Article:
Flattmann Law July 2019

July 2019 FLATTMANN FILES “Quality Is No Accident”

44 FUN FACTS ABOUT PRESIDENTS

Have you reviewed your insurance policies in the last two years? Do you know what’s covered under your Homeowner’s policy and what isn’t? Most people don’t. Take this for instance. Golf carts are becoming more and more popular in neighborhoods. We see them zooming up and down the block, sometimes with kids behind the wheel. Not surprisingly, golf cart accidents have skyrocketed in recent years. Did you know that once your golf cart leaves your property, you may no longer be covered for liability under your homeowner’s insurance? How about under your auto insurance? Probably not! But, there is an easy and cheap solution: Add golf cart insurance or a golf cart endorsement to your existing homeowner’s policy. Don’t leave your family open to liability exposure. It’s time to sit down with your insurance agent and have a serious talk. (Don’t forget to ask about UM insurance!) FROM THE DESK OF Grady Flattmann

To Impress Your Friends and Relatives

Can you name all 44 U.S. presidents? By most estimates, only about 1% of Americans know the name of every person who’s held the country’s highest office. To help make you a member of that exclusive club, here is one fun fact about each of our commanders in chief just in time for the Fourth of July.

Despite appearing to have worn a wig, George Washington’s hair was entirely his own. The stark white color was the result of careful powdering. John Adams was a prolific writer of love letters. We know of more than 1,000 correspondences between him and his wife, Abigail. Thomas Jefferson maintained a well-stocked wine cellar. In fact, he was one of early America’s foremost experts on the beverage. James Madison was America’s smallest president in terms of stature. He stood 5 feet, 4 inches tall and weighed about 100 pounds. Washington isn’t the only future president in the famous painting “Washington Crossing the Delaware.” If you look closely, you’ll see James Madison holding the flag. John Quincy Adams was the only president to serve in the House of Representatives after his time in the Oval Office. Andrew Jackson challenged over 100 men to duels during his lifetime but killed only one. Known as Old Kinderhook, Martin Van Buren’s campaign slogan popularized the term“OK.” William Henry Harrison was the first president to die in office. He fell ill of either typhoid or pneumonia and passed away only 31 days into his tenure. After his time as president, John Tyler ran for Confederate office. Many viewed him as a traitor at the time of his death.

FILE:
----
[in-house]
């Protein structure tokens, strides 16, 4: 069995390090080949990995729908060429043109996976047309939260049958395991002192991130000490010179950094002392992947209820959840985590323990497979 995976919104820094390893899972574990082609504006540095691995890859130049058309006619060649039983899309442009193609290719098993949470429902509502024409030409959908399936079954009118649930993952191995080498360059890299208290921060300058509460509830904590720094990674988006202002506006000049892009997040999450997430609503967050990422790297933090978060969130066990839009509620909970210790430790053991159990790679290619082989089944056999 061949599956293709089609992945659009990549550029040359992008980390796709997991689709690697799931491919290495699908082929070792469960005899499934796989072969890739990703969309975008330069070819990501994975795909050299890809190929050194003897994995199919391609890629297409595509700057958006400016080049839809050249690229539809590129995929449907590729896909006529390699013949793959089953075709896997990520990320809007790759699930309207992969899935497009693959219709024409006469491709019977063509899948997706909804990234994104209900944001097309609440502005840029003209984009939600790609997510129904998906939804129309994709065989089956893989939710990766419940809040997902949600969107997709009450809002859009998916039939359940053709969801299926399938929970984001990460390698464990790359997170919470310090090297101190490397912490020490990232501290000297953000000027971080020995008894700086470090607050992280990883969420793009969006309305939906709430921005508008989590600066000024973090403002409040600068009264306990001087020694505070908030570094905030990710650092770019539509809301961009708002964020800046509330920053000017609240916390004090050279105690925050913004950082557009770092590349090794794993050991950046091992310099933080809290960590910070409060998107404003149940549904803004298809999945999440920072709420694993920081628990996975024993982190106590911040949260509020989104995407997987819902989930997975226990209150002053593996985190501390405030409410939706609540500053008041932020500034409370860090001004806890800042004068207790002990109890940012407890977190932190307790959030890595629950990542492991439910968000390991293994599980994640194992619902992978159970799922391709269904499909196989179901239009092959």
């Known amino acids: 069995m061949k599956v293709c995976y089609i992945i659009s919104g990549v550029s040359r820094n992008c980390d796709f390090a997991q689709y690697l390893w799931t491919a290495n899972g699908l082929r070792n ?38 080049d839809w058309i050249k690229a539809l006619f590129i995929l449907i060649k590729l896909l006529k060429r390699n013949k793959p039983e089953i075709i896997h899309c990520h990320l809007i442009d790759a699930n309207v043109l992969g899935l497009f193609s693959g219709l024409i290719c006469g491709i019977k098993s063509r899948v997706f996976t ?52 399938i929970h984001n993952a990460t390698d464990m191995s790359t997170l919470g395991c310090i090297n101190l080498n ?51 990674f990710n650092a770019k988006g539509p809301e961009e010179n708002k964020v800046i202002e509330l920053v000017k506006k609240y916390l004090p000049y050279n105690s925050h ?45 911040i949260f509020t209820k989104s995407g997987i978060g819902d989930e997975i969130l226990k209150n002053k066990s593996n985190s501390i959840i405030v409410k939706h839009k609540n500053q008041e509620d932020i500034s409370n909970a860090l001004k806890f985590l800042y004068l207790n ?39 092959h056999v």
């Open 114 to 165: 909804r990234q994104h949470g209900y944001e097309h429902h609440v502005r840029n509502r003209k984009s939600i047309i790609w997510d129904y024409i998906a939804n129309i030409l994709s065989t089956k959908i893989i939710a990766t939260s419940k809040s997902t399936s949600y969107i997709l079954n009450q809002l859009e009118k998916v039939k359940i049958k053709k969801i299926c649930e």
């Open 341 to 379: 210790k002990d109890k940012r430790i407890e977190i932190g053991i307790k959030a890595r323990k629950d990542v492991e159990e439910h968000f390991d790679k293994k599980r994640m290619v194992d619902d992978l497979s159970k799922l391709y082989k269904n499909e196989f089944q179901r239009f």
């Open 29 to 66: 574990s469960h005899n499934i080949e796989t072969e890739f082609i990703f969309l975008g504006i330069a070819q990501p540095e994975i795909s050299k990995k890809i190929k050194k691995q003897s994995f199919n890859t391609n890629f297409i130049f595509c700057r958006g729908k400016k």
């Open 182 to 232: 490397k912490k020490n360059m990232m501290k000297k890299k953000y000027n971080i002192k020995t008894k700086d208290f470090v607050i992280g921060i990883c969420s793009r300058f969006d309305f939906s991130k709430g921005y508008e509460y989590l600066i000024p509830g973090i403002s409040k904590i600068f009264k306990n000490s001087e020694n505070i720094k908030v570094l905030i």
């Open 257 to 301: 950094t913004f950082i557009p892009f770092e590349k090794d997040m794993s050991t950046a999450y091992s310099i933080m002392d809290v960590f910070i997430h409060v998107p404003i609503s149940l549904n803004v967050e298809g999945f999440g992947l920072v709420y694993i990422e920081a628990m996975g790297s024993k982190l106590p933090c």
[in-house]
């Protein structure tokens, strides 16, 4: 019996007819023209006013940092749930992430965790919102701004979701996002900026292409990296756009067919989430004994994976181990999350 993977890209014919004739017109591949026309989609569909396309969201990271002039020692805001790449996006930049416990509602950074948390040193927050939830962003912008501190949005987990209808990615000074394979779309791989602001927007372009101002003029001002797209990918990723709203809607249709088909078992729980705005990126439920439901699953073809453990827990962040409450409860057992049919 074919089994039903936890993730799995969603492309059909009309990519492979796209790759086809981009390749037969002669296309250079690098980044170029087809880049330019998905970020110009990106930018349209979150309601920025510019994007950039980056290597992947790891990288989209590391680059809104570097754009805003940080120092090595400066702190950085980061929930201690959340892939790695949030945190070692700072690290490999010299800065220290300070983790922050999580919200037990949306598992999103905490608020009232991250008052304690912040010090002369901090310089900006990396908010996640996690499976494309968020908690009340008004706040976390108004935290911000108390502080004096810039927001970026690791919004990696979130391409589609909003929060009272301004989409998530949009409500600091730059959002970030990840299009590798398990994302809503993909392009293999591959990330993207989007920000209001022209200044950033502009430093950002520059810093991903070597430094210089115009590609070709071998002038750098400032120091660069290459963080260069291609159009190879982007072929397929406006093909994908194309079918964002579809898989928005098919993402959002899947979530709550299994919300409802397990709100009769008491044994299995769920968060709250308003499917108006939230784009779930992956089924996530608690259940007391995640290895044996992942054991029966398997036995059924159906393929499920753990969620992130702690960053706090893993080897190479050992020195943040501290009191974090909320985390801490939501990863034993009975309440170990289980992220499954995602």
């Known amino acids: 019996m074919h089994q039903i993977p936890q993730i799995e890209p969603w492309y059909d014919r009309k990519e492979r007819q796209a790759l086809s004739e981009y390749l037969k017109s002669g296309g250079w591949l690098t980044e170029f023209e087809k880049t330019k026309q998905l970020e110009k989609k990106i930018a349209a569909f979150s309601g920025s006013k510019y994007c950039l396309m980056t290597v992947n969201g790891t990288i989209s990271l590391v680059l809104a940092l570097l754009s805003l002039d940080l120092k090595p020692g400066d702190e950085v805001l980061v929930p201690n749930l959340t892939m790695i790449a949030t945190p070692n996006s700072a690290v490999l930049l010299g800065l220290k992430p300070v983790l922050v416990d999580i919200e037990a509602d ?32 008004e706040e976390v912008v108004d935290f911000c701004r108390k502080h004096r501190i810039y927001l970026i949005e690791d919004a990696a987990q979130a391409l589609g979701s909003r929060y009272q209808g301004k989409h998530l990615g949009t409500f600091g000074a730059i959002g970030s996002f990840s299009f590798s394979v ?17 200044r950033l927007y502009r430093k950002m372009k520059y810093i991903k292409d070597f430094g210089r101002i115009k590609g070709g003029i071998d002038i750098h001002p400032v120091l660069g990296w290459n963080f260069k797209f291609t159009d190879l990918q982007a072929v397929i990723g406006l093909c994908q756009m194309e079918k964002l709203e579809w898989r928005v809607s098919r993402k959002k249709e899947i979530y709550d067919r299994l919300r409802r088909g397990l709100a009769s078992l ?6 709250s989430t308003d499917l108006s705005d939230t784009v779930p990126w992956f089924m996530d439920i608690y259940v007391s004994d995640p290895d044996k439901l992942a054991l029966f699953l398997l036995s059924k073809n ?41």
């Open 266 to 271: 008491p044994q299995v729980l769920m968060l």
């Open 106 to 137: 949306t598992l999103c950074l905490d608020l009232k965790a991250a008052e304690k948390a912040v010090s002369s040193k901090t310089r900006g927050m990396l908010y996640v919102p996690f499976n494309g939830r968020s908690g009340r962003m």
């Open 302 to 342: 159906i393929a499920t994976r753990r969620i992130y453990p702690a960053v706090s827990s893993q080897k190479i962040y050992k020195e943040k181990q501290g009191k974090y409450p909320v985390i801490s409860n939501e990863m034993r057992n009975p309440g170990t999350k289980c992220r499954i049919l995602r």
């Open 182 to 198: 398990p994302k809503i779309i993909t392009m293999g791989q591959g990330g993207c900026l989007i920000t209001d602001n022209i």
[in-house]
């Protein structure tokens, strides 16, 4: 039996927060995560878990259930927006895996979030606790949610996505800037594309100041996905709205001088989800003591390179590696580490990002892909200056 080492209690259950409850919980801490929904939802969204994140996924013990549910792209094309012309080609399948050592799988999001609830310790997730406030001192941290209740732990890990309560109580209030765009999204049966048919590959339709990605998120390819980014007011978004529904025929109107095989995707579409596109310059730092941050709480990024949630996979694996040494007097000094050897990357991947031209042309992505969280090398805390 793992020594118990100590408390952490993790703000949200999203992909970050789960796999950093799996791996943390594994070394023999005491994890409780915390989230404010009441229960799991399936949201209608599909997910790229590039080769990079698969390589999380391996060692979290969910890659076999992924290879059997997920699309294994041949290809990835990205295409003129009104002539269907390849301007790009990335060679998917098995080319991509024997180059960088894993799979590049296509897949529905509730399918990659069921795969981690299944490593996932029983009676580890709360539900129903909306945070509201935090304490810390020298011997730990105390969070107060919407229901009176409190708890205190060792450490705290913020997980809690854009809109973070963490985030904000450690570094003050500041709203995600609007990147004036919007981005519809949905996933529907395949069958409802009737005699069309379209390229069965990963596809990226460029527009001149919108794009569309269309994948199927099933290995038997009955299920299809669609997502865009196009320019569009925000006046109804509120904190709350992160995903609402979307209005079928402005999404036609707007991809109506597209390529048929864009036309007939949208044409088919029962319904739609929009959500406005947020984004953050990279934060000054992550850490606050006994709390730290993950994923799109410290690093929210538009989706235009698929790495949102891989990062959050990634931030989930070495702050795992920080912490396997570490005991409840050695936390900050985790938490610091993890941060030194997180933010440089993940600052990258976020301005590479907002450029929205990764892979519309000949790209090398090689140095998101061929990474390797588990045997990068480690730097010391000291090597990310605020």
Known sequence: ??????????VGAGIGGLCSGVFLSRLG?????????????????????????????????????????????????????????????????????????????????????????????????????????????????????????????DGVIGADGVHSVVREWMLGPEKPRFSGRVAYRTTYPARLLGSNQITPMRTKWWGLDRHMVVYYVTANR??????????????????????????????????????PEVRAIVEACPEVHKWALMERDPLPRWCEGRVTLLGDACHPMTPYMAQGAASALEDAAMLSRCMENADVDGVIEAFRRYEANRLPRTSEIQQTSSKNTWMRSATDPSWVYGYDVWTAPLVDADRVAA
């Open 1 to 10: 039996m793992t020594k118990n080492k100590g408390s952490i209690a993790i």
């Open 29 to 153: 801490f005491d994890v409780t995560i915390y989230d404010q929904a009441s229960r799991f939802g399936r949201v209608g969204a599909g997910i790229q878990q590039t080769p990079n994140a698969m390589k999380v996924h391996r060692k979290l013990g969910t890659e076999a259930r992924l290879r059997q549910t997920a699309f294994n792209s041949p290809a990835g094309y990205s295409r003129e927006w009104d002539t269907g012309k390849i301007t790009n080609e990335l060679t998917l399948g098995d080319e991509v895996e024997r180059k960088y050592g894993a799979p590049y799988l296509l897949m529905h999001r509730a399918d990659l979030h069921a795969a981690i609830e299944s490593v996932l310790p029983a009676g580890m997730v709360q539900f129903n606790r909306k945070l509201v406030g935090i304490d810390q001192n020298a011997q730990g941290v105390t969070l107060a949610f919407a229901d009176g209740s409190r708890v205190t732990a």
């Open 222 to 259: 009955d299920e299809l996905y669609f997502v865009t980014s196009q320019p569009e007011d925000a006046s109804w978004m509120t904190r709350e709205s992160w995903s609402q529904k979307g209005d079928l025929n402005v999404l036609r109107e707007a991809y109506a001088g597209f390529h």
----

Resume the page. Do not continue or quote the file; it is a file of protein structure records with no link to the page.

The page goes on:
James K. Polk was a temperate man who didn’t have time for fun and games. He even banned dancing in the White House. Zachary Taylor contracted cholera from a bowl of cherries served with milk. He died five days after being exposed. Millard Fillmore once personally helped put out a fire at the Library of Congress. During his lifetime, many people believed Franklin Pierce ran over a woman with his carriage. Historians dispute the validity of this story. Every single president has been married at some point except James Buchannan, who remained a bachelor until his dying day. Abraham Lincoln is enshrined in the National Wrestling Hall of Fame, having won over 300 matches. No president had humbler beginnings than Andrew Johnson. He spent two years as an indentured servant before running away with his brother. What does the “S.” stand for in Ulysses S. Grant? Nothing, it’s just an “S.” In 1880, Rutherford B. Hayes became the first sitting president to lay eyes on the Pacific Ocean. James Garfield was ambidextrous and would often write different documents with both hands, sometimes inmultiple languages.

-Grady

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